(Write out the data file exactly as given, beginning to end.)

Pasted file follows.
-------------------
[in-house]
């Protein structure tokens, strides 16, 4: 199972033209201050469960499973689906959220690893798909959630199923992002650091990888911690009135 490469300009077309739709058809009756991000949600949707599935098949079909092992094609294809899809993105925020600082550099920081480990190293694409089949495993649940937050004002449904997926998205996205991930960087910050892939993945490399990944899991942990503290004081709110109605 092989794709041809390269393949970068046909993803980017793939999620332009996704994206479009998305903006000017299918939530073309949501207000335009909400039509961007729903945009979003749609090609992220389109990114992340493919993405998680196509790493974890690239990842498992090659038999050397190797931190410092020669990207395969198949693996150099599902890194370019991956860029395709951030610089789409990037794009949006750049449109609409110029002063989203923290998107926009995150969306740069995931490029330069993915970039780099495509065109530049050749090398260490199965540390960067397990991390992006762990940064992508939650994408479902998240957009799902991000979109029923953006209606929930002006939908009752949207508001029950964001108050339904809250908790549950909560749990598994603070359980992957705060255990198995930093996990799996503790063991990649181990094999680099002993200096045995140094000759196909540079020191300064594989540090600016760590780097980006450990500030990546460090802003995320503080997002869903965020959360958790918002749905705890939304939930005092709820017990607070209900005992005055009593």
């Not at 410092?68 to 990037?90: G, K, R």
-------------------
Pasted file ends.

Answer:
[in-house]
């Protein structure tokens, strides 16, 4: 199972033209201050469960499973689906959220690893798909959630199923992002650091990888911690009135 490469300009077309739709058809009756991000949600949707599935098949079909092992094609294809899809993105925020600082550099920081480990190293694409089949495993649940937050004002449904997926998205996205991930960087910050892939993945490399990944899991942990503290004081709110109605 092989794709041809390269393949970068046909993803980017793939999620332009996704994206479009998305903006000017299918939530073309949501207000335009909400039509961007729903945009979003749609090609992220389109990114992340493919993405998680196509790493974890690239990842498992090659038999050397190797931190410092020669990207395969198949693996150099599902890194370019991956860029395709951030610089789409990037794009949006750049449109609409110029002063989203923290998107926009995150969306740069995931490029330069993915970039780099495509065109530049050749090398260490199965540390960067397990991390992006762990940064992508939650994408479902998240957009799902991000979109029923953006209606929930002006939908009752949207508001029950964001108050339904809250908790549950909560749990598994603070359980992957705060255990198995930093996990799996503790063991990649181990094999680099002993200096045995140094000759196909540079020191300064594989540090600016760590780097980006450990500030990546460090802003995320503080997002869903965020959360958790918002749905705890939304939930005092709820017990607070209900005992005055009593």
């Not at 410092?68 to 990037?90: G, K, R």